Casting bullets the old school way
Today’s little treasure I picked up is an old bullet mold carved from soapstone. These were fairly common in the US in the 1700’s as many people living in more remote backwoods areas simply could not afford brass or iron bullet molds. Many are considerably more complex than the crude mold I got today, having wooden alignment pins and multiple cavities. This crude mold has no alignment pins and was barely milled on only a few surfaces.It measures roughly 3 1/2″ X 1 1/2″ X 1 1/2″.
So I set up my bottom pour lead pot on my bench. I placed it on top of a small board and a cloth to protect the carpeted work surface and the cloth will prevent too much deformation of the cast bullets.
I tied the two mold halves together with a linen string to help me hold it together while I was casting the first few bullets. There is no sprue cutter, so I’ll have to deal with this later. I researched soapstone and found it has pretty good heat insulating properties. I found that during casting I could comfortably hold the mold with a leather glove on my hand and no other insulation was needed.
Eventually I found it awkward to tie then untie the mold as I was casting with it, so I decided to simply hold the two halves together while pouring the lead. This is a pure lead with no alloys, so the melting temperature was average and the pours were consistent.
Here you can see the two halves separated and a small pile of bullets dropped from the mold. I didn’t have to smoke the mold as I do with modern aluminum or iron molds to prevent the lead from sticking. Apparently soapstone has a natural property to it that keeps lead from adhering to it. It wasn’t necessary to tap the mold to drop the bullets either. I simply flicked them loose with a gloved finger. Ironically the hotter the mold became, the more wrinkles the bullets had in them. This is usually the reverse on modern molds. A cold mold usually wrinkles the bullets until it heats up.
Now I get to deal with the sprues. A sprue is the lead left at the top of the bullet when the lead is poured into the mold. This needs to be removed in order to load the bullet into the gun and get it to fly reasonably straight. Modern molds have a cutter built into the top of the mold. Striking the cutter at an angle with a wooden mallet will chop this off. In the case of a crude handmade mold such as this, I resorted to what our ancestors would’ve probably used…. a small hatchet. The edge would’ve been placed at the joint where the sprue connects to the ball and would be struck along the spine with a stick to cut off the sprue. Notice there is some thin lead strands along the bottom of the cast ball ? This is called flashing. I trimmed off the flashing with a pocketknife and then rolled the bullets around between two baords to make them somewhat smoother and to help eliminate the flashing.
All bullet molds have a way to vent air from the cavity as the lead is poured in and fills the mold up. Modern molds have tiny lines cut along the facing surfaces allowing air to escape. If the air has nowhere to go, the mold will not fill properly and the resulting bullet has voids and pockets in it. I was curious to see how the air would escape from the mold so it could fill out completely. I carefully looked over the entire facing surfaces of both halves of the mold and discovered that the bottom of one side had a tiny scrape just under the cavity. Holding the mold up over head, I could just make out a bit of light shining into the mold from the bottom. As the mold fills with molten lead, it pushes the trapped air out the bottom and then fills with just enough lead to become the flashing you see in the earlier photos.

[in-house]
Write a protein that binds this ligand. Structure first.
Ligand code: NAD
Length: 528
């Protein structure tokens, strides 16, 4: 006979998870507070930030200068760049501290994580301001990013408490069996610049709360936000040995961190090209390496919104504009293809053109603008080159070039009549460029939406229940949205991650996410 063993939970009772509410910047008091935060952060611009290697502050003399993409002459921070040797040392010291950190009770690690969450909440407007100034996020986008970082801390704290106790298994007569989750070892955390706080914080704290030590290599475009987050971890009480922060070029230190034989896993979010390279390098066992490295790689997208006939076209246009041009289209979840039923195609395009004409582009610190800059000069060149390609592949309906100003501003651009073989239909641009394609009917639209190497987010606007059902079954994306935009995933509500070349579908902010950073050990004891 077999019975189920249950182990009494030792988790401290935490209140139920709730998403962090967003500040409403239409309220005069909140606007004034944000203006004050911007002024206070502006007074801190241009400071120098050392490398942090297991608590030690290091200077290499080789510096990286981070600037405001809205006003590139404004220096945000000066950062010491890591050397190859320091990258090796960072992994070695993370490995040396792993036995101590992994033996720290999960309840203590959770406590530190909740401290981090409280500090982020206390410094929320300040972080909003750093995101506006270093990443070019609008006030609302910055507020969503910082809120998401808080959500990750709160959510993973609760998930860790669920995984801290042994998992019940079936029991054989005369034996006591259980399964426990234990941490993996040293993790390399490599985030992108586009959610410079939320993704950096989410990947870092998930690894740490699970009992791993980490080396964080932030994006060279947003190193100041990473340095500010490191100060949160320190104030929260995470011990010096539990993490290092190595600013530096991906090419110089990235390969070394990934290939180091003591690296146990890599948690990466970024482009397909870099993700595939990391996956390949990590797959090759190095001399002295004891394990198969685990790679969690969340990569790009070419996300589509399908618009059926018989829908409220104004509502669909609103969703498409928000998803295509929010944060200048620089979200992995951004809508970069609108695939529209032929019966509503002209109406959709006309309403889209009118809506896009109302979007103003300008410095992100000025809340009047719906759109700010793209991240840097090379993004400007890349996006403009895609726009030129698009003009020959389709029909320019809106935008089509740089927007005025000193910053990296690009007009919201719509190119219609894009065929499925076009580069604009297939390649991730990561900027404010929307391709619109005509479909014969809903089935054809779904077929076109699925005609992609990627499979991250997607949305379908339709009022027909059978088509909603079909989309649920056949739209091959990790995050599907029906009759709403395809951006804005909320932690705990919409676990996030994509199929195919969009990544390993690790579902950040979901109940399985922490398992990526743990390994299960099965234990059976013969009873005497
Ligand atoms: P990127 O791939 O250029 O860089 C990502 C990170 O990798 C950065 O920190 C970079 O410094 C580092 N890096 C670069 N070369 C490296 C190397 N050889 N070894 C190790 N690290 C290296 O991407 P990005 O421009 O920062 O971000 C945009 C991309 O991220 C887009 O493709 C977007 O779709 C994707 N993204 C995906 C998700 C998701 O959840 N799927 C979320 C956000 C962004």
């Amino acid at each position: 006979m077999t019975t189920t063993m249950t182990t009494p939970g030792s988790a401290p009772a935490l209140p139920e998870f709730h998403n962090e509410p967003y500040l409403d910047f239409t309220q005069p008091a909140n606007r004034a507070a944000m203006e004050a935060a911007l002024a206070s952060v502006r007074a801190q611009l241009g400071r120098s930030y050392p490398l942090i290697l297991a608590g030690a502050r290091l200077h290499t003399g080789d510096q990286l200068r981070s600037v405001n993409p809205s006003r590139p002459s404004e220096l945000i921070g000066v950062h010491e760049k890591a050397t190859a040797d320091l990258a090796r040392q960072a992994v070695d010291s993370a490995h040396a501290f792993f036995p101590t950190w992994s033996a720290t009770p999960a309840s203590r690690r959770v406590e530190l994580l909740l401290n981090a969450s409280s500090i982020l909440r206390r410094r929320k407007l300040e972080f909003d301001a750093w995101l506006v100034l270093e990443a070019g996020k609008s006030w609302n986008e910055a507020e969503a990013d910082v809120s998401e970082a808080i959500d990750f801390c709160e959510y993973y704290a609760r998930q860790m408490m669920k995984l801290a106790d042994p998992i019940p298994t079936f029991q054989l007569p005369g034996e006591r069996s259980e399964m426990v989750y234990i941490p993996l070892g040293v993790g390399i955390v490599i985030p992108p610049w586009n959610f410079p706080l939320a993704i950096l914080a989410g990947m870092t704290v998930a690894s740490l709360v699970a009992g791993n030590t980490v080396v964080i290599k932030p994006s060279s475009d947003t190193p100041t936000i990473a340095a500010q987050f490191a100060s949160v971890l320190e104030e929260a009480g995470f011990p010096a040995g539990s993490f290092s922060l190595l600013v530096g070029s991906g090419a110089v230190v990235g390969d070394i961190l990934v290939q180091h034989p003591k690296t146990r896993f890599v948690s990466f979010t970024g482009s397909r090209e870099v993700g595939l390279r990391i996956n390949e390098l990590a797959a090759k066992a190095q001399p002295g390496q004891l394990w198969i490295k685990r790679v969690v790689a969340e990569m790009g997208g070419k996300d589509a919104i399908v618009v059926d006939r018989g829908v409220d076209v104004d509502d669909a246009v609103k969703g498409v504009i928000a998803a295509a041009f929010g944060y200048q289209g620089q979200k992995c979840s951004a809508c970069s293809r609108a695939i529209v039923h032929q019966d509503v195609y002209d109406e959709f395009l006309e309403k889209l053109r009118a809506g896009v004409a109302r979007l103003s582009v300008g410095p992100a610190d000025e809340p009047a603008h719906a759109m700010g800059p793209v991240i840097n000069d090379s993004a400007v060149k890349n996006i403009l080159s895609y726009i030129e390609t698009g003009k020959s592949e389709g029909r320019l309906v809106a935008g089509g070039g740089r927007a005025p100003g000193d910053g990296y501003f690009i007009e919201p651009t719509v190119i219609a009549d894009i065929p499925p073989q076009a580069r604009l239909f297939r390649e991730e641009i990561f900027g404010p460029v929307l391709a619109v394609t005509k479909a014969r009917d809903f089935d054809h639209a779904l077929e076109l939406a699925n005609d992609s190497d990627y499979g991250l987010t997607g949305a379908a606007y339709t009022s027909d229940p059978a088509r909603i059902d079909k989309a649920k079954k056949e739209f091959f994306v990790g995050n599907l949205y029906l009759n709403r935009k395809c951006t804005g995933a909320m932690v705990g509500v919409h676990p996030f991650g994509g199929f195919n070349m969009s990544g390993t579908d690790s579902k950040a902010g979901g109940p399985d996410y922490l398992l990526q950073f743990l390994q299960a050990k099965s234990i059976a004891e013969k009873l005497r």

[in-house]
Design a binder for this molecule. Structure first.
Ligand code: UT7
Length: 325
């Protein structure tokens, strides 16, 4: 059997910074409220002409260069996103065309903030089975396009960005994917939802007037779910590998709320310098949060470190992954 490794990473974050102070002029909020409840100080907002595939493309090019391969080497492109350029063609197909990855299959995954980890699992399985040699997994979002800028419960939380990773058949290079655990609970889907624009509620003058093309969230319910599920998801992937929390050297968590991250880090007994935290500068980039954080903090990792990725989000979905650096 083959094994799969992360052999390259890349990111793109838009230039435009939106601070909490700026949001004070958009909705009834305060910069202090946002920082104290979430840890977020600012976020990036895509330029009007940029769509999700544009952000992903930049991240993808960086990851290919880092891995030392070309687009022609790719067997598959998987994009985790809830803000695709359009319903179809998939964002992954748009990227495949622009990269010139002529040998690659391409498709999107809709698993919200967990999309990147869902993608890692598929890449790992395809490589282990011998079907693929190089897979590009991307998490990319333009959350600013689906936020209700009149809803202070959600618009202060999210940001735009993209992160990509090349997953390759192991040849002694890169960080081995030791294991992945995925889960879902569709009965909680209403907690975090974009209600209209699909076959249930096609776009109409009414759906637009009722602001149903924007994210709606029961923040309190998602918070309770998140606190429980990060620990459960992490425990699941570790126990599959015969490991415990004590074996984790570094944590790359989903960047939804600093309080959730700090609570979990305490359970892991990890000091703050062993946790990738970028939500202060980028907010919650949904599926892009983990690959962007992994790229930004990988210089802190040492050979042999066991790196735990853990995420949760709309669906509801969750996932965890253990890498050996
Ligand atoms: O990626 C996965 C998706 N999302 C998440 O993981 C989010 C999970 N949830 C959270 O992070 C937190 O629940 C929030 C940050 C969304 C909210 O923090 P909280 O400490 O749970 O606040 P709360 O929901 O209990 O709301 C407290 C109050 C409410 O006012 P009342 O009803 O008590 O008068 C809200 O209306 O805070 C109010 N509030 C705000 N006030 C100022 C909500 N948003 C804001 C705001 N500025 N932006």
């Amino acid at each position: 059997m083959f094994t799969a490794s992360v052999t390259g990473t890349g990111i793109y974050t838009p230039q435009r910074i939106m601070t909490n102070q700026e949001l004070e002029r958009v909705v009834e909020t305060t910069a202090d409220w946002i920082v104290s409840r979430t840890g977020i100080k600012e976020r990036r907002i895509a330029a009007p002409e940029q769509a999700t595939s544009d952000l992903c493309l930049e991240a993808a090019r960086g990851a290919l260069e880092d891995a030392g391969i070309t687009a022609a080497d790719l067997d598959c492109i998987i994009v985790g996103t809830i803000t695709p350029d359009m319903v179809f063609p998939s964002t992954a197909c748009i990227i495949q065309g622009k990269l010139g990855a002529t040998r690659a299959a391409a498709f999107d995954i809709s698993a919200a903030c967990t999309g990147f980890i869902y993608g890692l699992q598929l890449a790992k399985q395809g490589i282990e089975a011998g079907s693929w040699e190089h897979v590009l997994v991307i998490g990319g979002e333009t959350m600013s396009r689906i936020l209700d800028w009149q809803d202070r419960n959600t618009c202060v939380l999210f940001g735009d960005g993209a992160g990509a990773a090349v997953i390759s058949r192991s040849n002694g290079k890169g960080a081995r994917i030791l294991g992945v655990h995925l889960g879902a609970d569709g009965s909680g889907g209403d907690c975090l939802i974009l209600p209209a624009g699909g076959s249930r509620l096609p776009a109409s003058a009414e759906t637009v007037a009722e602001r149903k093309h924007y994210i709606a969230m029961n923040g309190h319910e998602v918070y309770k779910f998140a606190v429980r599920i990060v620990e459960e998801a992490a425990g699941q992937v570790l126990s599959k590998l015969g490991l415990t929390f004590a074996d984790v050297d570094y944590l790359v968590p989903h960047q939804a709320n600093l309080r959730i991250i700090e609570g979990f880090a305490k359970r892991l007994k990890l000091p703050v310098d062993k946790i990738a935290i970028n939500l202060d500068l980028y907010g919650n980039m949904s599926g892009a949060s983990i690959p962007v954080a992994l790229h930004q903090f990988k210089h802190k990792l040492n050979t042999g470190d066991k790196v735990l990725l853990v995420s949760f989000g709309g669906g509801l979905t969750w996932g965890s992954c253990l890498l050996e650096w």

As crudely as this mold was cut and considering there is only one cavity and no type of alignment pins, I’d almost venture a guess this was made and used by a local militia member in the backwoods – OR – possibly by a Native American who had obtained a trade musket. British muskets at that time were of .75 caliber while Americans who opposed the Crown were issued French muskets of .69 caliber. Interestingly enough the bullets dropped from this mold are of approximately .660″ diameter making them ideal for the French issued Charleville muskets in use during that time period. French traders would have also had .69 caliber smoothbores to trade with the Indians around the area too. ALSO interesting is the fact that British records showed that .69 caliber round balls were issued wrapped in paper catridges. The entire cartridge and paper were dumped down the bore with the paper acting as a wad to seal the bullet against escaping gasses. Barrel making being somewhat crude in those days, the exact diameter of the bore would also vary somewhat depending on the maker. So this mold could very well have been used with a Short Land Pattern Brown Bess of the late 1700’s as well as a Charleville musket. I intend to load some of these bullets into my Bess and fire them to give them a try. I’ll also send a few to a friend of mine in Texas who shoots his original .69 caliber musket. I’ll ask him how they did in his gun too.
All in all I’d say this was an a pretty neat little experiment, but I seriously doubt I’ll be switching away from using my modern iron molds any time in the future. And it sort of puts things in perspective for me and gives me a minor glimpse into the ways our ancestors had to produce ammo for their guns back 200 plus years ago. We certainly have come a long way since then….